Maria Muldaur, |
Naughty Bawdy & Blue
(Stony Plain, 2007)
If you do it long enough and well enough, distinctions between tradition and revival begin to blur into nothing that effectively matters. One thinks of Mike Seeger, who has championed old-time mountain music so long that he's now one of its native voices. One thinks, too, of Bob Dylan, as authentic a folk singer as post-folk-culture America will ever produce. And here is the estimable Maria Muldaur, who -- Maria d'Amato when it began -- has been at it ("it" being mostly African-American blues, hokum, jazz and first-generation pop music) since the 1960s. She was good back then (when she was a member of the Even Dozen Jug Band, then the Jim Kweskin Jug Band), and we may safely presume she will just keep getting better and better until the processes of time and biology to which we are all subject silence a wonderful voice at last.
Naughty Bawdy & Blue is the third in a series of Stony Plain recordings on which Muldaur revisits early blues. The first two were focused on country blues, a variety of African-American folk music. The new one explores the so-called classic blues, which amount to the first form of recorded black popular song and also comprise the link between blues and jazz. Classic blues, which dates from Mamie Smith's seminal 1920 recording "Crazy Blues," was an orchestrated horn- and piano-driven, theatrical genre, sung by women (prominently Bessie Smith, Ma Rainey, Alberta Hunter, Sippie Wallace, Muldaur's mentor Victoria Spivey), the songs as often as not composed by African-American professional songwriters and performers who not rarely arranged traditional -- or at least unprotected -- material and claimed credit and royalties for it.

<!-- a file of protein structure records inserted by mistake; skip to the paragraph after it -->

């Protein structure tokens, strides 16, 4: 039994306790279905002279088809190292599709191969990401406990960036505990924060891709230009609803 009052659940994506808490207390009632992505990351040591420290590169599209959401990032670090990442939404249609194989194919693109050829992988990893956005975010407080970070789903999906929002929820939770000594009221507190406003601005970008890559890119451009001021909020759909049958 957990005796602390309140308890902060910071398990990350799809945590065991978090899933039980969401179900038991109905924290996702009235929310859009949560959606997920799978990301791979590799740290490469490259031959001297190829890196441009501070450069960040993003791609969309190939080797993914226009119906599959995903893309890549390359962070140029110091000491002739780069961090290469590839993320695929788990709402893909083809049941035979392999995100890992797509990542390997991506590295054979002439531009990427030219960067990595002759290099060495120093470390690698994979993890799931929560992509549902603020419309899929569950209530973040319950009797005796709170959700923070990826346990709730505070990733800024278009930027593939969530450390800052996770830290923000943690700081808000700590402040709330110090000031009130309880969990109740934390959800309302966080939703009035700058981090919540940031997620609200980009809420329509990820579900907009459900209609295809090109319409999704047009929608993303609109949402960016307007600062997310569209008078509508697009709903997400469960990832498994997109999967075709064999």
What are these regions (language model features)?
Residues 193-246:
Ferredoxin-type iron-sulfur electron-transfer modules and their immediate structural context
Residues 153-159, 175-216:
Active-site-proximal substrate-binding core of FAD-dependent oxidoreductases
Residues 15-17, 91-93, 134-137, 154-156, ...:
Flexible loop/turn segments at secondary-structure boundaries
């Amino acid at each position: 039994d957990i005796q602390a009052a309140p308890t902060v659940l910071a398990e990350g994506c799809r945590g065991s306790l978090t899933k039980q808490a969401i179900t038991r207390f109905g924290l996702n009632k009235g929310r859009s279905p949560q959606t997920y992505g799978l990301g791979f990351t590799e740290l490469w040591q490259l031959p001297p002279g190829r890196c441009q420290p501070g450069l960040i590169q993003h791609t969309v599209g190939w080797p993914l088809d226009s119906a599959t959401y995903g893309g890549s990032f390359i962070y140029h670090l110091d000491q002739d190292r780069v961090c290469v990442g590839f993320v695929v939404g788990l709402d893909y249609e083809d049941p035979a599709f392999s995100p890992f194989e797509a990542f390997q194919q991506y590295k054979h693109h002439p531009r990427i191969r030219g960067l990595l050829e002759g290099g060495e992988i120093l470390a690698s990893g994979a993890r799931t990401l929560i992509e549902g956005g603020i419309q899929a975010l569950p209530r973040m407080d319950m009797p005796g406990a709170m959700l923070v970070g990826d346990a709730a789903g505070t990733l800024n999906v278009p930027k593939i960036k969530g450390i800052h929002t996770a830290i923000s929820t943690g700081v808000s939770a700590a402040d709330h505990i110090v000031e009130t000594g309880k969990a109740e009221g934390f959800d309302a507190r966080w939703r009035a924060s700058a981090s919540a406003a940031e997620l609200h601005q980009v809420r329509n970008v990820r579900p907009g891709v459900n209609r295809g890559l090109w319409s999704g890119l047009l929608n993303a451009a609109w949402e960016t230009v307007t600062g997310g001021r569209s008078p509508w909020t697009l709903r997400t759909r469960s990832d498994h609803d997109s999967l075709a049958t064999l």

You don't have to know any of this to enjoy Muldaur's hugely good-natured and impressively accomplished performance of songs about bedroom escapades and no-good men. Sometimes the sexual metaphors are so prolific and so outrageous (as in Andy Razaf and Eubie Blake's "Handy Man") that the effect is less erotic than cartoonish, but Muldaur smartly delivers the narrative without resorting to crude parody or condescension. It's not all laughs, either. The infinitely more sober, downright dark "Up the Country Blues" (from Sippie Wallace) chronicles an abused woman's escape to safety from a violent lover. This particular song also demonstrates that even this uptown music did not always eschew rural roots; "Up the Country" borrows lines and structure from Blind Willie McTell's "Statesboro Blues" and Blind Lemon Jefferson's "Matchbox Blues," which themselves may have drawn on earlier models.
Backing Muldaur's throaty contralto on 11 of the album's dozen cuts is James Dapogny's Chicago Jazz Band, one of the finest trad-jazz outfits going. On the remaining cut, Bonnie Raitt shows up to sing with Muldaur on Wallace's "Separation Blues" in front of Dave Mathews's piano and Kevin Porter's trombone. Wherever you drop the (metaphorical) needle, it's good music and great fun -- and vice versa.
15 September 2007